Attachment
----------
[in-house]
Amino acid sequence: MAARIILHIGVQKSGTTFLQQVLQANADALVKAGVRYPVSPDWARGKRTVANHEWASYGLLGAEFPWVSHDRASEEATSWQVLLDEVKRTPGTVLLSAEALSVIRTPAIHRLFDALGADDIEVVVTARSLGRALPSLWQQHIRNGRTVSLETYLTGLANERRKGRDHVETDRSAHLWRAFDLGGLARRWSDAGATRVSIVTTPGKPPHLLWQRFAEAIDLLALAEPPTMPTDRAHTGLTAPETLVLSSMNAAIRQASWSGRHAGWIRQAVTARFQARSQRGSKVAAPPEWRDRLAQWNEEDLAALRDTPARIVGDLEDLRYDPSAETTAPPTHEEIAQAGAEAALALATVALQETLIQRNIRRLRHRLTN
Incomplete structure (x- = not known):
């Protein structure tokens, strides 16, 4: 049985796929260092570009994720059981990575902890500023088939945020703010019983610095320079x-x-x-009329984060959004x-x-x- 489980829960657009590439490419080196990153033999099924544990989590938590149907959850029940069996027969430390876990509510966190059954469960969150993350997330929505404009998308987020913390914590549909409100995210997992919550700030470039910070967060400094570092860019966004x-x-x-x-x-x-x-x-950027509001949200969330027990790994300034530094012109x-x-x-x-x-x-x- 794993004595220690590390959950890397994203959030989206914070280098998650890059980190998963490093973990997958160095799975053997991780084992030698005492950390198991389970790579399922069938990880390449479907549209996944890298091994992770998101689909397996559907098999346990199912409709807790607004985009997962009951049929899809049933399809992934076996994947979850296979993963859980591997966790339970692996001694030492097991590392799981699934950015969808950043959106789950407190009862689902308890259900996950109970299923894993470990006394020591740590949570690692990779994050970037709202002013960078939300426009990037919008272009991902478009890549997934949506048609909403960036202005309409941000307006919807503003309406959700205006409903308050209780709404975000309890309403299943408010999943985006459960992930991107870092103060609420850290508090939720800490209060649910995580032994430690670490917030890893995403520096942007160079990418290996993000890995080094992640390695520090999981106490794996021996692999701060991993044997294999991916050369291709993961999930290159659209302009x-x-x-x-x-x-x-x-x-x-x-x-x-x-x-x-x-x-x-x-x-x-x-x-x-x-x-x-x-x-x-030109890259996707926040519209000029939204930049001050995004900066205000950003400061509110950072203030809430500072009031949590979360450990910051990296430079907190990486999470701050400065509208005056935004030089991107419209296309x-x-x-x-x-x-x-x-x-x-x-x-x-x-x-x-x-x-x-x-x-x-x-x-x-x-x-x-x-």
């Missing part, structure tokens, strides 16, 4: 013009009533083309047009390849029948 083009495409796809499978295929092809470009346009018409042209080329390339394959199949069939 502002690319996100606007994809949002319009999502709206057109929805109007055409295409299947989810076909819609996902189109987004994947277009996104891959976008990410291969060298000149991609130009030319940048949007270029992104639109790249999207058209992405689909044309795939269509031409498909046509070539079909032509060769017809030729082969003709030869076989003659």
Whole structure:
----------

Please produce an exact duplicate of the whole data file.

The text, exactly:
[in-house]
Amino acid sequence: MAARIILHIGVQKSGTTFLQQVLQANADALVKAGVRYPVSPDWARGKRTVANHEWASYGLLGAEFPWVSHDRASEEATSWQVLLDEVKRTPGTVLLSAEALSVIRTPAIHRLFDALGADDIEVVVTARSLGRALPSLWQQHIRNGRTVSLETYLTGLANERRKGRDHVETDRSAHLWRAFDLGGLARRWSDAGATRVSIVTTPGKPPHLLWQRFAEAIDLLALAEPPTMPTDRAHTGLTAPETLVLSSMNAAIRQASWSGRHAGWIRQAVTARFQARSQRGSKVAAPPEWRDRLAQWNEEDLAALRDTPARIVGDLEDLRYDPSAETTAPPTHEEIAQAGAEAALALATVALQETLIQRNIRRLRHRLTN
Incomplete structure (x- = not known):
């Protein structure tokens, strides 16, 4: 049985796929260092570009994720059981990575902890500023088939945020703010019983610095320079x-x-x-009329984060959004x-x-x- 489980829960657009590439490419080196990153033999099924544990989590938590149907959850029940069996027969430390876990509510966190059954469960969150993350997330929505404009998308987020913390914590549909409100995210997992919550700030470039910070967060400094570092860019966004x-x-x-x-x-x-x-x-950027509001949200969330027990790994300034530094012109x-x-x-x-x-x-x- 794993004595220690590390959950890397994203959030989206914070280098998650890059980190998963490093973990997958160095799975053997991780084992030698005492950390198991389970790579399922069938990880390449479907549209996944890298091994992770998101689909397996559907098999346990199912409709807790607004985009997962009951049929899809049933399809992934076996994947979850296979993963859980591997966790339970692996001694030492097991590392799981699934950015969808950043959106789950407190009862689902308890259900996950109970299923894993470990006394020591740590949570690692990779994050970037709202002013960078939300426009990037919008272009991902478009890549997934949506048609909403960036202005309409941000307006919807503003309406959700205006409903308050209780709404975000309890309403299943408010999943985006459960992930991107870092103060609420850290508090939720800490209060649910995580032994430690670490917030890893995403520096942007160079990418290996993000890995080094992640390695520090999981106490794996021996692999701060991993044997294999991916050369291709993961999930290159659209302009x-x-x-x-x-x-x-x-x-x-x-x-x-x-x-x-x-x-x-x-x-x-x-x-x-x-x-x-x-x-x-030109890259996707926040519209000029939204930049001050995004900066205000950003400061509110950072203030809430500072009031949590979360450990910051990296430079907190990486999470701050400065509208005056935004030089991107419209296309x-x-x-x-x-x-x-x-x-x-x-x-x-x-x-x-x-x-x-x-x-x-x-x-x-x-x-x-x-």
């Missing part, structure tokens, strides 16, 4: 013009009533083309047009390849029948 083009495409796809499978295929092809470009346009018409042209080329390339394959199949069939 502002690319996100606007994809949002319009999502709206057109929805109007055409295409299947989810076909819609996902189109987004994947277009996104891959976008990410291969060298000149991609130009030319940048949007270029992104639109790249999207058209992405689909044309795939269509031409498909046509070539079909032509060769017809030729082969003709030869076989003659």
Whole structure: